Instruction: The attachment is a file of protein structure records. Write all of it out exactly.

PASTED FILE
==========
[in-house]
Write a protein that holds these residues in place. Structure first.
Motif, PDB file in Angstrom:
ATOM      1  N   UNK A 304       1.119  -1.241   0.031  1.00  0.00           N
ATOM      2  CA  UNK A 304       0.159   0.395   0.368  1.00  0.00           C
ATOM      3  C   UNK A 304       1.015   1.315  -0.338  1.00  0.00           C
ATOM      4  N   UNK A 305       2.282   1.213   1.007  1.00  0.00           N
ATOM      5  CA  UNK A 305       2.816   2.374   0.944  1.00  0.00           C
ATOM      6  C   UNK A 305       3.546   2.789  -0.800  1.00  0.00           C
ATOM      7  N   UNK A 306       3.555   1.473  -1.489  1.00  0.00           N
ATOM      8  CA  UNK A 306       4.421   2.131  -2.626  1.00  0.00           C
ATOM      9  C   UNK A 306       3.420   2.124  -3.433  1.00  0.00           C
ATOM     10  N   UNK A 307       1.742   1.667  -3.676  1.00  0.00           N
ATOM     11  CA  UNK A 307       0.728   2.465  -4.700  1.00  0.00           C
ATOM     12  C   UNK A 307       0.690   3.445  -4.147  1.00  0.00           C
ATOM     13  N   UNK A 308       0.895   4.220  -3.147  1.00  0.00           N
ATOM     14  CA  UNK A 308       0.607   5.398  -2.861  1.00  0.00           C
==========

[in-house]
Write a protein that holds these residues in place. Structure first.
Motif, PDB file in Angstrom:
ATOM      1  N   UNK A 304       1.119  -1.241   0.031  1.00  0.00           N
ATOM      2  CA  UNK A 304       0.159   0.395   0.368  1.00  0.00           C
ATOM      3  C   UNK A 304       1.015   1.315  -0.338  1.00  0.00           C
ATOM      4  N   UNK A 305       2.282   1.213   1.007  1.00  0.00           N
ATOM      5  CA  UNK A 305       2.816   2.374   0.944  1.00  0.00           C
ATOM      6  C   UNK A 305       3.546   2.789  -0.800  1.00  0.00           C
ATOM      7  N   UNK A 306       3.555   1.473  -1.489  1.00  0.00           N
ATOM      8  CA  UNK A 306       4.421   2.131  -2.626  1.00  0.00           C
ATOM      9  C   UNK A 306       3.420   2.124  -3.433  1.00  0.00           C
ATOM     10  N   UNK A 307       1.742   1.667  -3.676  1.00  0.00           N
ATOM     11  CA  UNK A 307       0.728   2.465  -4.700  1.00  0.00           C
ATOM     12  C   UNK A 307       0.690   3.445  -4.147  1.00  0.00           C
ATOM     13  N   UNK A 308       0.895   4.220  -3.147  1.00  0.00           N
ATOM     14  CA  UNK A 308       0.607   5.398  -2.861  1.00  0.00           C